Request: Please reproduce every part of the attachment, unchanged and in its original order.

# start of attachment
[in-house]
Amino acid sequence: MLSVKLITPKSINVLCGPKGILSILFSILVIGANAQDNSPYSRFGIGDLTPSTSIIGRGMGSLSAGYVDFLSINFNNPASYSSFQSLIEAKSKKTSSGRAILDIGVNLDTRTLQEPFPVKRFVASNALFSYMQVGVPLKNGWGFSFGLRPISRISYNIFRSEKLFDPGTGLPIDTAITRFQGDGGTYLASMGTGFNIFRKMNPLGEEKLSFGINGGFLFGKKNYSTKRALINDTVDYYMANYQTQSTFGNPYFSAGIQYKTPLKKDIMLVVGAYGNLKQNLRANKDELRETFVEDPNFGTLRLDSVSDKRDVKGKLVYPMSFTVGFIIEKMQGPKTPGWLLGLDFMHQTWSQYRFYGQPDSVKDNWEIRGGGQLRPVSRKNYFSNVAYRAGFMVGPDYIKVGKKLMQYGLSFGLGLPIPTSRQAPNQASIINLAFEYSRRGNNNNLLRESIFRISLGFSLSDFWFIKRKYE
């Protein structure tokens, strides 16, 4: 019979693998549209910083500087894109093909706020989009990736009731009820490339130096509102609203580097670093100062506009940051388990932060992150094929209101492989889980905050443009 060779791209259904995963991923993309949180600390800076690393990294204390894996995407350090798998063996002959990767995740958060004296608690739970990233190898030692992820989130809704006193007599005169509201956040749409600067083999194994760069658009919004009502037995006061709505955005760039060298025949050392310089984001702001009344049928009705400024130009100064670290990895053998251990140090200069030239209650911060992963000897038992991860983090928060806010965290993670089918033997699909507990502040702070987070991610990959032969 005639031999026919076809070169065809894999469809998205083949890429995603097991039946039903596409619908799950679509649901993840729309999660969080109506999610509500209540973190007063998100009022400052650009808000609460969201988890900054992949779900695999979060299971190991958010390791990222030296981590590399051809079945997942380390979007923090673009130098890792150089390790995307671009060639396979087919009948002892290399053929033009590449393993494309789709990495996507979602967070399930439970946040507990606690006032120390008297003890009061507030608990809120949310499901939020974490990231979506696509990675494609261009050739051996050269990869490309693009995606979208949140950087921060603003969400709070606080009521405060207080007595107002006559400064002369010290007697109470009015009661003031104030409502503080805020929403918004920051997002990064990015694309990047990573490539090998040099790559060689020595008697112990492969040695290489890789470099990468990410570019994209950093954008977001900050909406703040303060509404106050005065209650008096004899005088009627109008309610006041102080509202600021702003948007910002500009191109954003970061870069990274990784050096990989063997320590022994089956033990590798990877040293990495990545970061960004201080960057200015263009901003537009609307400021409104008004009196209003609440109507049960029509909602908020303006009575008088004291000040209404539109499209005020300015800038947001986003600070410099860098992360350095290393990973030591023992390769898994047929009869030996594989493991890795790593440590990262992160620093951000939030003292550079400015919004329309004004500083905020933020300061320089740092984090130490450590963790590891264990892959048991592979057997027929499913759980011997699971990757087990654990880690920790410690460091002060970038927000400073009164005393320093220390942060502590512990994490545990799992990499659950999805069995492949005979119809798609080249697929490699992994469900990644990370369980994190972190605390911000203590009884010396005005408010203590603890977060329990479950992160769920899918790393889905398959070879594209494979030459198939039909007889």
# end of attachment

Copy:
[in-house]
Amino acid sequence: MLSVKLITPKSINVLCGPKGILSILFSILVIGANAQDNSPYSRFGIGDLTPSTSIIGRGMGSLSAGYVDFLSINFNNPASYSSFQSLIEAKSKKTSSGRAILDIGVNLDTRTLQEPFPVKRFVASNALFSYMQVGVPLKNGWGFSFGLRPISRISYNIFRSEKLFDPGTGLPIDTAITRFQGDGGTYLASMGTGFNIFRKMNPLGEEKLSFGINGGFLFGKKNYSTKRALINDTVDYYMANYQTQSTFGNPYFSAGIQYKTPLKKDIMLVVGAYGNLKQNLRANKDELRETFVEDPNFGTLRLDSVSDKRDVKGKLVYPMSFTVGFIIEKMQGPKTPGWLLGLDFMHQTWSQYRFYGQPDSVKDNWEIRGGGQLRPVSRKNYFSNVAYRAGFMVGPDYIKVGKKLMQYGLSFGLGLPIPTSRQAPNQASIINLAFEYSRRGNNNNLLRESIFRISLGFSLSDFWFIKRKYE
């Protein structure tokens, strides 16, 4: 019979693998549209910083500087894109093909706020989009990736009731009820490339130096509102609203580097670093100062506009940051388990932060992150094929209101492989889980905050443009 060779791209259904995963991923993309949180600390800076690393990294204390894996995407350090798998063996002959990767995740958060004296608690739970990233190898030692992820989130809704006193007599005169509201956040749409600067083999194994760069658009919004009502037995006061709505955005760039060298025949050392310089984001702001009344049928009705400024130009100064670290990895053998251990140090200069030239209650911060992963000897038992991860983090928060806010965290993670089918033997699909507990502040702070987070991610990959032969 005639031999026919076809070169065809894999469809998205083949890429995603097991039946039903596409619908799950679509649901993840729309999660969080109506999610509500209540973190007063998100009022400052650009808000609460969201988890900054992949779900695999979060299971190991958010390791990222030296981590590399051809079945997942380390979007923090673009130098890792150089390790995307671009060639396979087919009948002892290399053929033009590449393993494309789709990495996507979602967070399930439970946040507990606690006032120390008297003890009061507030608990809120949310499901939020974490990231979506696509990675494609261009050739051996050269990869490309693009995606979208949140950087921060603003969400709070606080009521405060207080007595107002006559400064002369010290007697109470009015009661003031104030409502503080805020929403918004920051997002990064990015694309990047990573490539090998040099790559060689020595008697112990492969040695290489890789470099990468990410570019994209950093954008977001900050909406703040303060509404106050005065209650008096004899005088009627109008309610006041102080509202600021702003948007910002500009191109954003970061870069990274990784050096990989063997320590022994089956033990590798990877040293990495990545970061960004201080960057200015263009901003537009609307400021409104008004009196209003609440109507049960029509909602908020303006009575008088004291000040209404539109499209005020300015800038947001986003600070410099860098992360350095290393990973030591023992390769898994047929009869030996594989493991890795790593440590990262992160620093951000939030003292550079400015919004329309004004500083905020933020300061320089740092984090130490450590963790590891264990892959048991592979057997027929499913759980011997699971990757087990654990880690920790410690460091002060970038927000400073009164005393320093220390942060502590512990994490545990799992990499659950999805069995492949005979119809798609080249697929490699992994469900990644990370369980994190972190605390911000203590009884010396005005408010203590603890977060329990479950992160769920899918790393889905398959070879594209494979030459198939039909007889």